"Lydia, you remember that Women's Club-House I built a couple of years ago out at New Rome?"
"Yes," she said. "Why?"
"I didn't do a good job with that," he answered. "I've never liked to confess it—but I did n't. And I've always thought I should like to make it up somehow to Floyd."
"I'm glad to hear you say that, dear. I can tell you now; that was one of the few times when you ever disappointed me."
"Yes, and I want to redeem myself. And I've got my chance. Lydia, I've been working on plans for the Halket Hospitals."
Lydia uttered a low exclamation. "Have you been chosen?" she asked. "Papa has n't said a word to me about it."
"No, I have n't been chosen—yet," Stewart answered. "But I think I can show good reason now why I should be. And with your father and Floyd for me, I guess there won't be any opposition from Mr. Barstow; he's the third trustee, you remember."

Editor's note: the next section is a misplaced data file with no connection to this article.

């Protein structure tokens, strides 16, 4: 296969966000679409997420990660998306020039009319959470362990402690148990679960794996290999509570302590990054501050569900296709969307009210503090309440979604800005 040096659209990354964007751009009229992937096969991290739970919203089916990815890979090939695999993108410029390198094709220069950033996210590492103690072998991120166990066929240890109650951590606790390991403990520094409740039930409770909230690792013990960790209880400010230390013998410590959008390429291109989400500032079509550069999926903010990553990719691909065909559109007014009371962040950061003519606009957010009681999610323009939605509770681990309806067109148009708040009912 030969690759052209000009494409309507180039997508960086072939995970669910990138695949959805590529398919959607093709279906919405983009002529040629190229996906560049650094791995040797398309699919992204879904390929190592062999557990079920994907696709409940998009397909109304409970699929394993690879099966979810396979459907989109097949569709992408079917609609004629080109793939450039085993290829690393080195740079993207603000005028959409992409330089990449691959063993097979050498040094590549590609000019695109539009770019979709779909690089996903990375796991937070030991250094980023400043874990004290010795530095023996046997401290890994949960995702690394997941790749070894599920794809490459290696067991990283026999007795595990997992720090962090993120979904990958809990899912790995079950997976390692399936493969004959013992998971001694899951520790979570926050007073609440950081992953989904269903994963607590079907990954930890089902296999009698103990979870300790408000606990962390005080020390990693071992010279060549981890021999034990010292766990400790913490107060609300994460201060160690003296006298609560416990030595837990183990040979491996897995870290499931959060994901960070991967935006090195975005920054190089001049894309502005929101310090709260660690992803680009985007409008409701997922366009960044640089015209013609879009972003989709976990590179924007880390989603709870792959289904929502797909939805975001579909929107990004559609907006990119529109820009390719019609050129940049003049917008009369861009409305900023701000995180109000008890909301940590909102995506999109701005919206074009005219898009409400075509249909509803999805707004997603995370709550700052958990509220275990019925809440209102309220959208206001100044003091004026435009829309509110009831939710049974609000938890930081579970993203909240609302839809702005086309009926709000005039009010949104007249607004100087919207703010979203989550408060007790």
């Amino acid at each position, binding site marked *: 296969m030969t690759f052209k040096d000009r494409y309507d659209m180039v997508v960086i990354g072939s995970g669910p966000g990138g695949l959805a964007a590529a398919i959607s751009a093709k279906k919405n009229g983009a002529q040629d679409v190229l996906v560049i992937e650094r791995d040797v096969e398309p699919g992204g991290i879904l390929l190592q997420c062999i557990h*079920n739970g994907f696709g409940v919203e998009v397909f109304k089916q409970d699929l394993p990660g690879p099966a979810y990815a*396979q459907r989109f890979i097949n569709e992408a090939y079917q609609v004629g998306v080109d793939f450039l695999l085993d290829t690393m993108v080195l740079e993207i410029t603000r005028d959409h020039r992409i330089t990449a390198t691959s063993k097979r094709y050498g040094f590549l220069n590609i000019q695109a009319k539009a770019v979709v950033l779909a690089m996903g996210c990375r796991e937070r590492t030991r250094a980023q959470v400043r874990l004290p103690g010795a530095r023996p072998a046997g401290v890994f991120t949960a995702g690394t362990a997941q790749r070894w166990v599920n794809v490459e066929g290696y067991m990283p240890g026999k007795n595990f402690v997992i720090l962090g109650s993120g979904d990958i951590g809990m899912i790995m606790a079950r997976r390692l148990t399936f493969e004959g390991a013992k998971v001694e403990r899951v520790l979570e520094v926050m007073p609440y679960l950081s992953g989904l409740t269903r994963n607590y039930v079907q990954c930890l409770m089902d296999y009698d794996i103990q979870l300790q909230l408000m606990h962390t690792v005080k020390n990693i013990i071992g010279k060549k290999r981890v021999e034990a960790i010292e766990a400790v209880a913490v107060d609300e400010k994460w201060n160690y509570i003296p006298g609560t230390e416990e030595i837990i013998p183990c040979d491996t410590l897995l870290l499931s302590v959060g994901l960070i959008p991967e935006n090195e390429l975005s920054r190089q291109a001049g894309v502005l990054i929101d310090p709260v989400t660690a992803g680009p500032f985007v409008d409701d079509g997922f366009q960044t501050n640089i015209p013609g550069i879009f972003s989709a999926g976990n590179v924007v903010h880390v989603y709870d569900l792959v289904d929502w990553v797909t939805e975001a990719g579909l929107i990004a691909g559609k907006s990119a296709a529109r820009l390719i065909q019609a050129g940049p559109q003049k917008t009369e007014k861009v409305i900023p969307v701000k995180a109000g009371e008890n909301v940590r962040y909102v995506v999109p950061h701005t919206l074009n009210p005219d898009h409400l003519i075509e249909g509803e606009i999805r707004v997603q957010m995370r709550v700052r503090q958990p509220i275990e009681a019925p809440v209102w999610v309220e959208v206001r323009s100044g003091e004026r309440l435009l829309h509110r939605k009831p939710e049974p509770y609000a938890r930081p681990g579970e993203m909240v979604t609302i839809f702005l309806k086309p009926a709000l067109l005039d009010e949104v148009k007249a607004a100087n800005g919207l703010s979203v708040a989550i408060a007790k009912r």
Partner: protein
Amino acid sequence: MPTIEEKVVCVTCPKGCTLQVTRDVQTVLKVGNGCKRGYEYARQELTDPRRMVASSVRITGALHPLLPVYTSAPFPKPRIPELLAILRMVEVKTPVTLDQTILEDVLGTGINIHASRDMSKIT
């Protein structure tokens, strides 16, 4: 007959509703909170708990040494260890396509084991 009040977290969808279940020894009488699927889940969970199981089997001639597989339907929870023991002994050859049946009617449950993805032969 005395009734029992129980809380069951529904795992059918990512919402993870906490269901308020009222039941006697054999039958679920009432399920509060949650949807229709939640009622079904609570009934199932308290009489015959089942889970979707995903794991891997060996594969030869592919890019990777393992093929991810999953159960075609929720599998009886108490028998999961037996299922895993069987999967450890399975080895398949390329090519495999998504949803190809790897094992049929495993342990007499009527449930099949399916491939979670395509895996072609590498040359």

"And what makes you think that Papa and Floyd will want to have you for architect? It is n't as if it were just a little house that one would naturally ask a friend to build; three great hospitals, that are to belong to the city, and to cost two million dollars!—"
"Ah, but when they see my plans!" Stewart exclaimed in gay assurance. "Lydia, a fellow knows when he s got a positive inspiration. It came to me as I sat in the park the other day, looking up at the site; it came to me slowly, as if it were emerging from a dream;—but at last it was all as distinct in my mind as a little foreign picture of something I had seen. A sort of Grecian effect and atmosphere—that was the thing for hospitals—to give the serenity, the calm and quiet, having some soothing charm; I began to see there was nothing for this but Greek. And then, as I say, the picture began to emerge. More than